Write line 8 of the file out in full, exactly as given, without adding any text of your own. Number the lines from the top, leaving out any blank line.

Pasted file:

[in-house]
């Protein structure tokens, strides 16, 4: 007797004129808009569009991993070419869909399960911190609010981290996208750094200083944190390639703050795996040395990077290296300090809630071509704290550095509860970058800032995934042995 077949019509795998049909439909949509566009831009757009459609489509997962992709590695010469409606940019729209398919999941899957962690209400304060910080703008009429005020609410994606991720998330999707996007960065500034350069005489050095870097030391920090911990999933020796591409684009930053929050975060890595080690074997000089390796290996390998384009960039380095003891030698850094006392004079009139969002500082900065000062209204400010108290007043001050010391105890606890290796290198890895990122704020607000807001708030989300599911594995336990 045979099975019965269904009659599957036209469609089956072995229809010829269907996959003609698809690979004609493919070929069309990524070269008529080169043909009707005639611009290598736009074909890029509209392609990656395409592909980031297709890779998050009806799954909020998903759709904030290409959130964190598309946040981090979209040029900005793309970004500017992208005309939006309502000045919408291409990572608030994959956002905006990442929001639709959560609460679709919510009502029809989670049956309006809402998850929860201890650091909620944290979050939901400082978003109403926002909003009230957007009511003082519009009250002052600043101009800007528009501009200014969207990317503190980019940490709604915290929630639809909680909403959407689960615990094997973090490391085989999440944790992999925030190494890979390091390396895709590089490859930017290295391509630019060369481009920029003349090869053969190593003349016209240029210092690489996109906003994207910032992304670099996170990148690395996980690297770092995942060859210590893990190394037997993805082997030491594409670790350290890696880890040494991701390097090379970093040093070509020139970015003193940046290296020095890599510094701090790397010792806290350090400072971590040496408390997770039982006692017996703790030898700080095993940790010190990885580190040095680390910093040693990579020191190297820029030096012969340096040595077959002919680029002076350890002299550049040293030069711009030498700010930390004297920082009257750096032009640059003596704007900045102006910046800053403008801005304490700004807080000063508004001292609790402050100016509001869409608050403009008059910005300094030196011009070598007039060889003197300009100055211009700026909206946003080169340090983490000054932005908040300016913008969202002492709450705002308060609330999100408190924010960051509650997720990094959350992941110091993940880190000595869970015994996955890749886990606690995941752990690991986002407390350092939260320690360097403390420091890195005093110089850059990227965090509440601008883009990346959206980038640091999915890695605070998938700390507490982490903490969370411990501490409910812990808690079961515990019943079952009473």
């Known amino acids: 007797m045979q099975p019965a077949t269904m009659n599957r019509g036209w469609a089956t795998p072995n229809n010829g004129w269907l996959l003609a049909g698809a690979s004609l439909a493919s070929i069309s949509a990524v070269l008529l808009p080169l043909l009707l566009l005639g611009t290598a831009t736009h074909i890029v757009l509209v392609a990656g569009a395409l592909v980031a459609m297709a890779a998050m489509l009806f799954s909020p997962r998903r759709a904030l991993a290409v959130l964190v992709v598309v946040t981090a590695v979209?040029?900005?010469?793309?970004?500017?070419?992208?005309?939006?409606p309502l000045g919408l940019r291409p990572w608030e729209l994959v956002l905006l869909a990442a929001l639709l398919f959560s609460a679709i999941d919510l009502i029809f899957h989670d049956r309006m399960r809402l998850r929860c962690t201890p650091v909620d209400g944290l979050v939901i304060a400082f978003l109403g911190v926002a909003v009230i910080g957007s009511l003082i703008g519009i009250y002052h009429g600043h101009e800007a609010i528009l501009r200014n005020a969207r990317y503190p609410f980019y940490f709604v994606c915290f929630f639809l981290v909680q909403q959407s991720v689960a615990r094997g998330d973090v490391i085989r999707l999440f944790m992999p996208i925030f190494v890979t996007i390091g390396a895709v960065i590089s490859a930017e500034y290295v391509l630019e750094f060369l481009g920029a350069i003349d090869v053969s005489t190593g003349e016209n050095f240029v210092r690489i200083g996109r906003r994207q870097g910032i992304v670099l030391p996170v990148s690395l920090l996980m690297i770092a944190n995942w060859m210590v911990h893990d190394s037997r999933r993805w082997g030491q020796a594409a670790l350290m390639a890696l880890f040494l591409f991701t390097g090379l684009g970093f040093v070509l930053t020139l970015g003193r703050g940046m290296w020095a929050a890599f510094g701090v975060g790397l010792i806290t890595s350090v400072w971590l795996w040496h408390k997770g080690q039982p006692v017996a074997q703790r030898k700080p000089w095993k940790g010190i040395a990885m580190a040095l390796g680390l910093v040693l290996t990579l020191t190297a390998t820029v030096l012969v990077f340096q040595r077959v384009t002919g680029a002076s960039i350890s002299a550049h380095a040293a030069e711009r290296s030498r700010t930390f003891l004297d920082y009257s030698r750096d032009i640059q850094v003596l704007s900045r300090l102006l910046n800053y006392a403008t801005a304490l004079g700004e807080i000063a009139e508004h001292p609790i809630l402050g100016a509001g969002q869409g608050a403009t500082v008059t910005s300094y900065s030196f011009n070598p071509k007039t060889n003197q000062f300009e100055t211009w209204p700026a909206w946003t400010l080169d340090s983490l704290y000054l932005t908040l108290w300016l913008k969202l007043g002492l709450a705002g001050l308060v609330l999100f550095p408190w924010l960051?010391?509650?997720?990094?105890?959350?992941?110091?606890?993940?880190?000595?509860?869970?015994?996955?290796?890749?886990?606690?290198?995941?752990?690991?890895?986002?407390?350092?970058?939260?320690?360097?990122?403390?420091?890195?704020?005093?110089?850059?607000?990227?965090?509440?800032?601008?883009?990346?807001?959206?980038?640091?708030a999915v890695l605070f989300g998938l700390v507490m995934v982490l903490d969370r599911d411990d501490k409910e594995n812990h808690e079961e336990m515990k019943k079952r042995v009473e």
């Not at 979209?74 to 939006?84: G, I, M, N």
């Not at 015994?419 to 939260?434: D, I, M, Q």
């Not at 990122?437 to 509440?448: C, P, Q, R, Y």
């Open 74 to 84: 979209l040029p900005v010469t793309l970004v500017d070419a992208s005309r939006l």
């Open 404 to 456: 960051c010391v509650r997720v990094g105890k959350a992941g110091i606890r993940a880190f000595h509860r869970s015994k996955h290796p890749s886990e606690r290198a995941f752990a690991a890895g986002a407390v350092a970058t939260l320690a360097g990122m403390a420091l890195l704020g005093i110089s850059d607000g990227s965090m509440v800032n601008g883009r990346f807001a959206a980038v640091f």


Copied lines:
């Open 404 to 456: 960051c010391v509650r997720v990094g105890k959350a992941g110091i606890r993940a880190f000595h509860r869970s015994k996955h290796p890749s886990e606690r290198a995941f752990a690991a890895g986002a407390v350092a970058t939260l320690a360097g990122m403390a420091l890195l704020g005093i110089s850059d607000g990227s965090m509440v800032n601008g883009r990346f807001a959206a980038v640091f």